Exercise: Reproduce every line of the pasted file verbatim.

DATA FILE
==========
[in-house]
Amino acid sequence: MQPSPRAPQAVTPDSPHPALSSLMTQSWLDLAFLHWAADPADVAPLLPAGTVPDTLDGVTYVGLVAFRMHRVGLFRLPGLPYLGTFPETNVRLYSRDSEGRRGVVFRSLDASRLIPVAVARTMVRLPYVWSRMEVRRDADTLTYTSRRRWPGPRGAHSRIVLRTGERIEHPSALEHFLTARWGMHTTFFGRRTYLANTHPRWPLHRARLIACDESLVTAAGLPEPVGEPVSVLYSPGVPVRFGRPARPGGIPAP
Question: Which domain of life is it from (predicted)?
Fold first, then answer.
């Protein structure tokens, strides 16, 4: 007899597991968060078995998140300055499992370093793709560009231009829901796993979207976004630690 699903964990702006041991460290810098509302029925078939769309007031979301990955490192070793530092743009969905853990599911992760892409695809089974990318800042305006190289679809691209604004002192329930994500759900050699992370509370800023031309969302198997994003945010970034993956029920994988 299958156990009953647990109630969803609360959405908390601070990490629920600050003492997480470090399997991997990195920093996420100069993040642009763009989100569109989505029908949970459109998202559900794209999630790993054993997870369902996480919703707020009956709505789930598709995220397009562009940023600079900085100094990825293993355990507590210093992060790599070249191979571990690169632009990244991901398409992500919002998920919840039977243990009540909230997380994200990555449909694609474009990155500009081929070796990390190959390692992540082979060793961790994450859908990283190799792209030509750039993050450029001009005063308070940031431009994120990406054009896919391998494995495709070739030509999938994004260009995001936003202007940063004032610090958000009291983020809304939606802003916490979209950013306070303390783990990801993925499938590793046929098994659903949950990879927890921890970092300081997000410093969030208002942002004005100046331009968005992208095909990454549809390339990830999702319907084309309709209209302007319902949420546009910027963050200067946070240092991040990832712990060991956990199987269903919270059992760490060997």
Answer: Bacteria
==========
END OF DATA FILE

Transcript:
[in-house]
Amino acid sequence: MQPSPRAPQAVTPDSPHPALSSLMTQSWLDLAFLHWAADPADVAPLLPAGTVPDTLDGVTYVGLVAFRMHRVGLFRLPGLPYLGTFPETNVRLYSRDSEGRRGVVFRSLDASRLIPVAVARTMVRLPYVWSRMEVRRDADTLTYTSRRRWPGPRGAHSRIVLRTGERIEHPSALEHFLTARWGMHTTFFGRRTYLANTHPRWPLHRARLIACDESLVTAAGLPEPVGEPVSVLYSPGVPVRFGRPARPGGIPAP
Question: Which domain of life is it from (predicted)?
Fold first, then answer.
């Protein structure tokens, strides 16, 4: 007899597991968060078995998140300055499992370093793709560009231009829901796993979207976004630690 699903964990702006041991460290810098509302029925078939769309007031979301990955490192070793530092743009969905853990599911992760892409695809089974990318800042305006190289679809691209604004002192329930994500759900050699992370509370800023031309969302198997994003945010970034993956029920994988 299958156990009953647990109630969803609360959405908390601070990490629920600050003492997480470090399997991997990195920093996420100069993040642009763009989100569109989505029908949970459109998202559900794209999630790993054993997870369902996480919703707020009956709505789930598709995220397009562009940023600079900085100094990825293993355990507590210093992060790599070249191979571990690169632009990244991901398409992500919002998920919840039977243990009540909230997380994200990555449909694609474009990155500009081929070796990390190959390692992540082979060793961790994450859908990283190799792209030509750039993050450029001009005063308070940031431009994120990406054009896919391998494995495709070739030509999938994004260009995001936003202007940063004032610090958000009291983020809304939606802003916490979209950013306070303390783990990801993925499938590793046929098994659903949950990879927890921890970092300081997000410093969030208002942002004005100046331009968005992208095909990454549809390339990830999702319907084309309709209209302007319902949420546009910027963050200067946070240092991040990832712990060991956990199987269903919270059992760490060997």
Answer: Bacteria